Congressman to resign after he urged woman to get an abortion

Rep. Tim Murphy, a Pennsylvania Republican with a staunchly anti-abortion voting record, announced on Thursday he plans to resign after he urged a woman he was having an affair with to get an abortion, according to messages obtained by the Pittsburgh Post-Gazette.

Murphy admitted to the affair in September, and texts reported on by the Post-Gazette showed the woman accused Murphy of hypocrisy in January after an anti-abortion message was posted to his Facebook account.

"You have zero issue posting your pro-life stance all over the place when you had no issue asking me to abort our unborn child just last week when we thought that was one of the options," she wrote, according to the Post-Gazette.

A message from Murphy's phone to her in response said, "I get what you say about my March for life messages. I've never written them. Staff does them. I read them and winced. I told staff don't write any more. I will."

Murphy has touted his anti-abortion record over the years, and is a co-sponsor on a bill that passed the House of Representatives on Tuesday that would ban abortion after 20 weeks.

Mary Lou Gartner, secretary of the anti-abortion group LifePac, said she considered Murphy, whom the group previously endorsed, an "honorable" person and cited the Bible when declining to criticize him in the wake of the report.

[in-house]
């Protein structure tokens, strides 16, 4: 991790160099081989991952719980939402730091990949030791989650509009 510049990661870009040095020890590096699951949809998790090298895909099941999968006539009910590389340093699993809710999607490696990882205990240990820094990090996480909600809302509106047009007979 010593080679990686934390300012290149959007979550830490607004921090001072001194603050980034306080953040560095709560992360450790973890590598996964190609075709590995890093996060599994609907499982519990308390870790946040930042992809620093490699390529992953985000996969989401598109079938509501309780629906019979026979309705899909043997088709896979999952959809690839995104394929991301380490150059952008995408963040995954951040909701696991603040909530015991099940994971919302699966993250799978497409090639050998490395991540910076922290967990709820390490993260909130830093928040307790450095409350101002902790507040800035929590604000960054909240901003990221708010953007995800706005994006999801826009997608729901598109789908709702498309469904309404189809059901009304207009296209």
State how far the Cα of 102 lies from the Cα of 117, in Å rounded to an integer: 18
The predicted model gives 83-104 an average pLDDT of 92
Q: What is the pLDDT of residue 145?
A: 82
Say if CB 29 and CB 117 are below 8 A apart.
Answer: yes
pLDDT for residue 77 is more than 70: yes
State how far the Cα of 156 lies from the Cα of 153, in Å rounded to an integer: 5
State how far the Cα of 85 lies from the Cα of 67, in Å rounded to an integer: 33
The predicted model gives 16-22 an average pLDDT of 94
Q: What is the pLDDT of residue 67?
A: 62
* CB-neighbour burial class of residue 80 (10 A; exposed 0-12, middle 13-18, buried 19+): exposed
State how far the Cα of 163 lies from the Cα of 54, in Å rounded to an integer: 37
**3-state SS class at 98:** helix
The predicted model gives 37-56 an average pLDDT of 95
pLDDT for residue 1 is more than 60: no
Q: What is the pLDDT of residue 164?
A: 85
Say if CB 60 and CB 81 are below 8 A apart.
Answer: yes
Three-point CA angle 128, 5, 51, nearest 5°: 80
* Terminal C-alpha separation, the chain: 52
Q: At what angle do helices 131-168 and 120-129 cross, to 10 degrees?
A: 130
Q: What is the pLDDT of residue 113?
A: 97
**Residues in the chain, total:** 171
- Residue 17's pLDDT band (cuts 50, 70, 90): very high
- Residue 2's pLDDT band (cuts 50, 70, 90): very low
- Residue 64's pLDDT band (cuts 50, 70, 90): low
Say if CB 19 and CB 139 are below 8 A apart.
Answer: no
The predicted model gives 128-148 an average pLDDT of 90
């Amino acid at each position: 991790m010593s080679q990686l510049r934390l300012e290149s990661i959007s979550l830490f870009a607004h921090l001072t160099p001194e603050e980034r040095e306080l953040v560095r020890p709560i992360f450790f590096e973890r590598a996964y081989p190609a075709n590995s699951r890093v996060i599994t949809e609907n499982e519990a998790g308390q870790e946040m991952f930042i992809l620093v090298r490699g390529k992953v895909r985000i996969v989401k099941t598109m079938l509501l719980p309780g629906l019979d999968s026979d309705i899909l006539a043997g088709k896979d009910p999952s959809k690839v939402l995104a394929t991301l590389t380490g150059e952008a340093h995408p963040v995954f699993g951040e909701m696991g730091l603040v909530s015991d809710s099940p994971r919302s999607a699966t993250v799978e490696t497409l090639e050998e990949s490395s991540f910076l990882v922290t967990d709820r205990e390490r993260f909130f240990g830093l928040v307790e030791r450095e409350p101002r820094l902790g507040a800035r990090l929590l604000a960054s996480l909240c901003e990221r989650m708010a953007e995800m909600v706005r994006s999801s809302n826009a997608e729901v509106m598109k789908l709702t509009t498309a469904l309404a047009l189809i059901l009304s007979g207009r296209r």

"I'm not ready to cast a stone at him," Gartner said.

She said the group's board would take these actions into consideration when the time comes to endorse for upcoming elections and would take into account how larger anti-abortion organizations respond.

Murphy had a 100% anti-abortion voting record from the Family Research Council -- a leading anti-abortion group -- based on the most recent congressional session it scored.

"Congressman Murphy's behavior is disappointing and disturbing," Family Research Council president Tony Perkins said in a statement. "His statements and actions are at odds with his own voting record. Inappropriate personal behavior has public ramifications -- and in this case, clearly opens him up to charges of hypocrisy. For his own sake and those around him, our counsel would be for him to bring his behavior in line with his past voting record, not change his policy stance to reflect his wrong behavior."

The Post-Gazette's report included excerpts of a six-page memo reportedly written by Susan Mosychuk, Murphy's chief of staff. The memo, written to Murphy and dated June 8, 2017, detailed a series of erratic actions and behavior that made Mosychuk and Murphy's staff fearful.

Describing one episode where Murphy berated the staff and threw documents to the ground, Mosychuk's memo said, "All the staff were scared of you."

The memo detailed another instance where Murphy read on his iPad and played YouTube videos as he drove in the rain.

"I will never get into a vehicle with you behind the wheel without an explicit agreement that you will not text or use your iPad," Mosychuk wrote.

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